Providing employees with feedback aimed to improve performance can be a nerve-wracking job for managers and small business owners. So how can you give your employees feedback that will not only be accepted, but also acted upon? Padgett Payroll Services® has created this guide for giving constructive feedback.
The first step to giving useful feedback is to make it constructive feedback instead of praise or criticism. Constructive feedback is based on observations, gives specific information and is focused on an issue. Praise and criticism are judgments, are vague and focused on the person instead of actions. To illustrate this difference, we will take a look at an example. An employee has a bad attitude. If you give an employee this criticism, it will not be well received, and will lead to no improvement. However, if you were to tell an employee that you have noticed him saying negative things about coworkers and in future you want him to bring issues to you instead of complaining to others, the employee knows exactly what the problem behavior is and now has a plan to avoid it in the future.
Next, make sure you give more positive feedback than negative. Give positive feedback early and often, and follow the same guidelines as you would negative feedback by making the feedback observation-based and specific. For example, one of your employees has been exceptional on a project. Instead of just saying good job, you could tell her that you noticed how the spreadsheet tracking system she set up made the project run more efficiently for the whole team. By giving more positive feedback than negative, you will be creating a positive environment. This will also emphasize the importance of the negative feedback given, instead of it being passed off as another complaint.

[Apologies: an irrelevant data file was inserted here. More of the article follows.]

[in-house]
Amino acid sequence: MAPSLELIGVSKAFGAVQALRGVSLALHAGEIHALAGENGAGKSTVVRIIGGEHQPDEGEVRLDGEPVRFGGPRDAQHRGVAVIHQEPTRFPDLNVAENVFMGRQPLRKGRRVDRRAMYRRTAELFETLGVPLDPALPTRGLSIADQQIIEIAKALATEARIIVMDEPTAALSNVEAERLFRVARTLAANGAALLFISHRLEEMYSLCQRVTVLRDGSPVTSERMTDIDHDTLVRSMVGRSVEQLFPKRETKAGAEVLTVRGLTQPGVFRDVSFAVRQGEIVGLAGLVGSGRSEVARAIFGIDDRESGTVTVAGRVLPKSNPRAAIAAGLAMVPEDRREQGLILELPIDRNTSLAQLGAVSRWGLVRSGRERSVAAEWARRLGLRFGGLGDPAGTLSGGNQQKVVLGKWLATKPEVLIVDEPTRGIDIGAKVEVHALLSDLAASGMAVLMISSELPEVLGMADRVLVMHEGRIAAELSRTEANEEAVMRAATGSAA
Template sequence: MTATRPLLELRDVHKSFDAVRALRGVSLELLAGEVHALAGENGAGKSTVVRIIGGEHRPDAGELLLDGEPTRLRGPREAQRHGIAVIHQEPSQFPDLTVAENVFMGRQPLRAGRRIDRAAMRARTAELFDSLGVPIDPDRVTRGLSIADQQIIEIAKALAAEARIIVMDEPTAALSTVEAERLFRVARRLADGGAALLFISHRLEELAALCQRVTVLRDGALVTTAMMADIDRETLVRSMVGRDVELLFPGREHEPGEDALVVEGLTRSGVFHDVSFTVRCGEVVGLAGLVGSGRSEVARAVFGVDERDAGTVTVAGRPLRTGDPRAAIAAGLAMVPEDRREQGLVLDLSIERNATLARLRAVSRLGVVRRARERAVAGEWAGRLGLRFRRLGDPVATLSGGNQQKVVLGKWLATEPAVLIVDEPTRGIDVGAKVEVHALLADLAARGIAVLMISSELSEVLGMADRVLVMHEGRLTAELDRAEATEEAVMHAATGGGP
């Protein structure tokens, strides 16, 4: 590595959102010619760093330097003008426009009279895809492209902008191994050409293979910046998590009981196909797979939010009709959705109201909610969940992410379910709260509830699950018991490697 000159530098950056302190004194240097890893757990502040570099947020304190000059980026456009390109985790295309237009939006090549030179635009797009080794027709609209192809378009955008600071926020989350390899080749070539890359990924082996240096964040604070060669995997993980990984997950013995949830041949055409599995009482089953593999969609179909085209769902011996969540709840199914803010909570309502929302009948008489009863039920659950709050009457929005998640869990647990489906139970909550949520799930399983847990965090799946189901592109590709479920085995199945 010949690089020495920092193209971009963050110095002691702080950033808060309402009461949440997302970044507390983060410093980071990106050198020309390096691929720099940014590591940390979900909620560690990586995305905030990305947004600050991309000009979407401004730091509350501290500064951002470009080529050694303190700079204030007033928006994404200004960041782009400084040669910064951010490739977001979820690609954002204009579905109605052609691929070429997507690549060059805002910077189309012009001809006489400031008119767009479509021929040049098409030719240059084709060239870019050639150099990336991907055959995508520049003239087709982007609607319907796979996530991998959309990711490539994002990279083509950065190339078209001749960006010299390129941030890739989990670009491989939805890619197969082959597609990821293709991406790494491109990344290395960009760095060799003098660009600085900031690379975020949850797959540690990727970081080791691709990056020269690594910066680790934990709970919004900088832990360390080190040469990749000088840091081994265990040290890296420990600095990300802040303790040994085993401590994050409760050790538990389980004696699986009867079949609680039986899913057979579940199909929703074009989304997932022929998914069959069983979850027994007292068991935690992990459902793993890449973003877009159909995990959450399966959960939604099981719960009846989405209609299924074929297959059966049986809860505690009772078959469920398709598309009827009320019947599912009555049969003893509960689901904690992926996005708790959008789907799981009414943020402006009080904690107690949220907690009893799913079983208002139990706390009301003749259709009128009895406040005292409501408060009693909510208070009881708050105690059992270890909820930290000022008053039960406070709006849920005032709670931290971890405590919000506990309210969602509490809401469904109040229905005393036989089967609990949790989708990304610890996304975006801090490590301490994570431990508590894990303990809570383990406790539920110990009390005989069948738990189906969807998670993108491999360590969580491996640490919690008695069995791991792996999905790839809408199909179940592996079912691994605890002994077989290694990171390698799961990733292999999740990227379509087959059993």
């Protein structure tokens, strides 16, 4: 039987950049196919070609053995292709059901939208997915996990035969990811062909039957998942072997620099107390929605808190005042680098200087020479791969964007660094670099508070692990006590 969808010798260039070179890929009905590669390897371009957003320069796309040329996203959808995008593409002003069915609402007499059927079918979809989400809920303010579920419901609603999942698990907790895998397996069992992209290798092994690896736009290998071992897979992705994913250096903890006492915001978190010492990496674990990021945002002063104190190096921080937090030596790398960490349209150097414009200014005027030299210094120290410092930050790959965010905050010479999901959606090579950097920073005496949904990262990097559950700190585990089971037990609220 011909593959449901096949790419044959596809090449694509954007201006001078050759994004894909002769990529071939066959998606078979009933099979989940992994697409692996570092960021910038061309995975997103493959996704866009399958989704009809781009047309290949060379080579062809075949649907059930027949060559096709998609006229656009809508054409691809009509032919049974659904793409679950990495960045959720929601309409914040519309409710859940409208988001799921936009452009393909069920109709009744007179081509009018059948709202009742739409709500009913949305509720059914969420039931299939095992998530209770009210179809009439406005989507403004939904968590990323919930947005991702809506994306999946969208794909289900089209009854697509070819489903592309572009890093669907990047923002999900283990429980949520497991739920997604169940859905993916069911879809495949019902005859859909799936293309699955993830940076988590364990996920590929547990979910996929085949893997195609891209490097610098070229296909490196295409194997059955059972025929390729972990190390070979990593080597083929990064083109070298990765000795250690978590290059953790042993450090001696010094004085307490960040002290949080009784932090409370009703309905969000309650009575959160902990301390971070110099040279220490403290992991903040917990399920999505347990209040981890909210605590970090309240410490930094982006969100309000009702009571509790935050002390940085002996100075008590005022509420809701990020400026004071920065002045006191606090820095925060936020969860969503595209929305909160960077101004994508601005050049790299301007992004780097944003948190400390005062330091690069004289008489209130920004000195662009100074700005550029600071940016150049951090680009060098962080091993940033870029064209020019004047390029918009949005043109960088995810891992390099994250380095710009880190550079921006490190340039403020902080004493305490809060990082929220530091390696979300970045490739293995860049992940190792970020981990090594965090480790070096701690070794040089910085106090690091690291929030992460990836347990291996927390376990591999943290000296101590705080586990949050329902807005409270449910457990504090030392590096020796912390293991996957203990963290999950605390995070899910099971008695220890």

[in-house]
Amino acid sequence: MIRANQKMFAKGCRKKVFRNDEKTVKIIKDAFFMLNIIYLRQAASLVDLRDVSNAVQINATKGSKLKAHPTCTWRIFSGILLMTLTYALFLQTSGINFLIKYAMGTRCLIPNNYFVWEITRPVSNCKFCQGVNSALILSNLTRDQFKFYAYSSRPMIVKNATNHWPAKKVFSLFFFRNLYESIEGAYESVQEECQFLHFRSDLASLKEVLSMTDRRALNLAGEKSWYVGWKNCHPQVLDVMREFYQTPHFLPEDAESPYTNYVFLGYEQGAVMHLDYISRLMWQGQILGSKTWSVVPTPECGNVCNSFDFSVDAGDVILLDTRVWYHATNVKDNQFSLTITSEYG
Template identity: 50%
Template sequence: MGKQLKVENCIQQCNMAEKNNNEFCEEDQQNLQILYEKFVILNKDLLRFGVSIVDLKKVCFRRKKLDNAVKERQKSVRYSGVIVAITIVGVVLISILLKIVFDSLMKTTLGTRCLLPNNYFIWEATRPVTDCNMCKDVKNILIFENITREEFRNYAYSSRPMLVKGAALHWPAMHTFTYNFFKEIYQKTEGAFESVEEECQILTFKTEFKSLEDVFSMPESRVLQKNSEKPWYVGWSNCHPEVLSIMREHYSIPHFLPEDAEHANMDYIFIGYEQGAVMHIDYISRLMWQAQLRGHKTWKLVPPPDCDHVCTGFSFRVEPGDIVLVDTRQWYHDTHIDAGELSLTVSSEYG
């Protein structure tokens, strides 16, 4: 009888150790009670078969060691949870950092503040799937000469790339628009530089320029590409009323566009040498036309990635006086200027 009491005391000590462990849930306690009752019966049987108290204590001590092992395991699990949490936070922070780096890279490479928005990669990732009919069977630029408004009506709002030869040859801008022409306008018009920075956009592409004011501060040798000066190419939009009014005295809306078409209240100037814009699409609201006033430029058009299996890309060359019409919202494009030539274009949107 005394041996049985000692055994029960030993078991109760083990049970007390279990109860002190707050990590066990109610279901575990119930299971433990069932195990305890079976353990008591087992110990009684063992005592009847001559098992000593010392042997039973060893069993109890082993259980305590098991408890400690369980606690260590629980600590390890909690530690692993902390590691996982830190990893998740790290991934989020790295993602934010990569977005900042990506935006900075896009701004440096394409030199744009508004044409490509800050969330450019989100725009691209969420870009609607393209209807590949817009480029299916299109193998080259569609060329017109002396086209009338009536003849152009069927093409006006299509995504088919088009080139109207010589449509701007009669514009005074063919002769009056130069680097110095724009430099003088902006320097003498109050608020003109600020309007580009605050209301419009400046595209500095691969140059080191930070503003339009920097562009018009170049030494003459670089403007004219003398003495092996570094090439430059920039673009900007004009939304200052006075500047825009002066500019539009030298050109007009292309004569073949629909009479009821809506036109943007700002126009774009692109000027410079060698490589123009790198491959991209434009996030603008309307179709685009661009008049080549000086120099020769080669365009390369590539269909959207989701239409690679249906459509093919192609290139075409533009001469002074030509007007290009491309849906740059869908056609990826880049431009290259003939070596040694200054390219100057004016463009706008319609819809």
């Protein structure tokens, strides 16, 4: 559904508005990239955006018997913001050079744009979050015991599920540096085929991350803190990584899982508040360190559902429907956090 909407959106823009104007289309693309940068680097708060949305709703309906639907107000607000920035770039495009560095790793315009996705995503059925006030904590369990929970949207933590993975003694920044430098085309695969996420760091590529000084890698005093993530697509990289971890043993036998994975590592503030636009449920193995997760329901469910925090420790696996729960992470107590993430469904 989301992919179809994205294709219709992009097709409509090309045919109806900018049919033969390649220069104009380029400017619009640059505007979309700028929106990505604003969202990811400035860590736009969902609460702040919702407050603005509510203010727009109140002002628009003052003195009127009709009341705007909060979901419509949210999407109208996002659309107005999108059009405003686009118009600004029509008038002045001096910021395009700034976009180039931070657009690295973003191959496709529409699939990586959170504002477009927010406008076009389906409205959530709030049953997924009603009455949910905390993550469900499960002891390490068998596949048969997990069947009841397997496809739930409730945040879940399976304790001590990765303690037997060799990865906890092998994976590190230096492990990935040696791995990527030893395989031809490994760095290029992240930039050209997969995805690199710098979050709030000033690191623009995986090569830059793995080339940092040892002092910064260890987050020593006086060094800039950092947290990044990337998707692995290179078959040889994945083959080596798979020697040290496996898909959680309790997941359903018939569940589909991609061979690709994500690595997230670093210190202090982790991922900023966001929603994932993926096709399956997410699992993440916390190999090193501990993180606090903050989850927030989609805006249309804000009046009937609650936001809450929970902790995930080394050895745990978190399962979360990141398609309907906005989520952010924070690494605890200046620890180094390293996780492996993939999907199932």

Feedback should always be given in person. E-mail leaves too much room for misinterpretation and does not allow the employee to ask for clarification and suggestions. When giving negative feedback, it should be done in a private, one-on-one meeting. Positive feedback can be done in public or private.
Give feedback immediately, or as close as possible. If you wait to give feedback until days, weeks or months later, you are relying on the employee’s memory of the event, which might not give the clarity needed for changes to occur. Giving feedback immediately allows the brain to learn best and can prevent future issues from occurring in similar situations.
Managers and business owners should use feedback as a tool to encourage employee performance and coach areas of trouble. By following the guidelines above, you will be able to give feedback employees will accept and act on. Padgett Payroll Services® is the first name in small business payroll services. Contact us today to see how we can take payroll hassles off your hands, allowing you to do what you do best: run your business.
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